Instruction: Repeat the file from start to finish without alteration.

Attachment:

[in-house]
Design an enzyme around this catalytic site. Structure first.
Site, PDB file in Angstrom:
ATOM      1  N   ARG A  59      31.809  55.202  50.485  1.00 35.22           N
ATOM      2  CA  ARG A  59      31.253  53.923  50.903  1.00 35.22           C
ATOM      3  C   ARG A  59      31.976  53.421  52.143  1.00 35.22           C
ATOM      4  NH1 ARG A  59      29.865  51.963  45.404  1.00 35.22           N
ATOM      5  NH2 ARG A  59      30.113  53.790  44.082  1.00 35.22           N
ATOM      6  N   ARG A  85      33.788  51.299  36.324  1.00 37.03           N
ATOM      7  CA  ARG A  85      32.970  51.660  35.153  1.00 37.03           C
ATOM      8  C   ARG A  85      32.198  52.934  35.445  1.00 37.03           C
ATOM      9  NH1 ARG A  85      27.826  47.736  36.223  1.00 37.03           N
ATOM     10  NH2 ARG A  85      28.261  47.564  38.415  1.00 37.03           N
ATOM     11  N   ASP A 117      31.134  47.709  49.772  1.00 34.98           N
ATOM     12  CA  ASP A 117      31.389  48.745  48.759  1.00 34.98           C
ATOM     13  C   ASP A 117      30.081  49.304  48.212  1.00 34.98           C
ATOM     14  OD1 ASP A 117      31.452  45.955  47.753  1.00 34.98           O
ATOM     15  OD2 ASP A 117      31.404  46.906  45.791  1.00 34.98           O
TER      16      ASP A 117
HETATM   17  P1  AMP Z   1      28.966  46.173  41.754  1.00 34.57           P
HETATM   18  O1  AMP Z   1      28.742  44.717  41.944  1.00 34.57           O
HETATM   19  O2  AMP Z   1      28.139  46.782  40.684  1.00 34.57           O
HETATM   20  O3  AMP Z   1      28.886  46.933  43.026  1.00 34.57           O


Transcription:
[in-house]
Design an enzyme around this catalytic site. Structure first.
Site, PDB file in Angstrom:
ATOM      1  N   ARG A  59      31.809  55.202  50.485  1.00 35.22           N
ATOM      2  CA  ARG A  59      31.253  53.923  50.903  1.00 35.22           C
ATOM      3  C   ARG A  59      31.976  53.421  52.143  1.00 35.22           C
ATOM      4  NH1 ARG A  59      29.865  51.963  45.404  1.00 35.22           N
ATOM      5  NH2 ARG A  59      30.113  53.790  44.082  1.00 35.22           N
ATOM      6  N   ARG A  85      33.788  51.299  36.324  1.00 37.03           N
ATOM      7  CA  ARG A  85      32.970  51.660  35.153  1.00 37.03           C
ATOM      8  C   ARG A  85      32.198  52.934  35.445  1.00 37.03           C
ATOM      9  NH1 ARG A  85      27.826  47.736  36.223  1.00 37.03           N
ATOM     10  NH2 ARG A  85      28.261  47.564  38.415  1.00 37.03           N
ATOM     11  N   ASP A 117      31.134  47.709  49.772  1.00 34.98           N
ATOM     12  CA  ASP A 117      31.389  48.745  48.759  1.00 34.98           C
ATOM     13  C   ASP A 117      30.081  49.304  48.212  1.00 34.98           C
ATOM     14  OD1 ASP A 117      31.452  45.955  47.753  1.00 34.98           O
ATOM     15  OD2 ASP A 117      31.404  46.906  45.791  1.00 34.98           O
TER      16      ASP A 117
HETATM   17  P1  AMP Z   1      28.966  46.173  41.754  1.00 34.57           P
HETATM   18  O1  AMP Z   1      28.742  44.717  41.944  1.00 34.57           O
HETATM   19  O2  AMP Z   1      28.139  46.782  40.684  1.00 34.57           O
HETATM   20  O3  AMP Z   1      28.886  46.933  43.026  1.00 34.57           O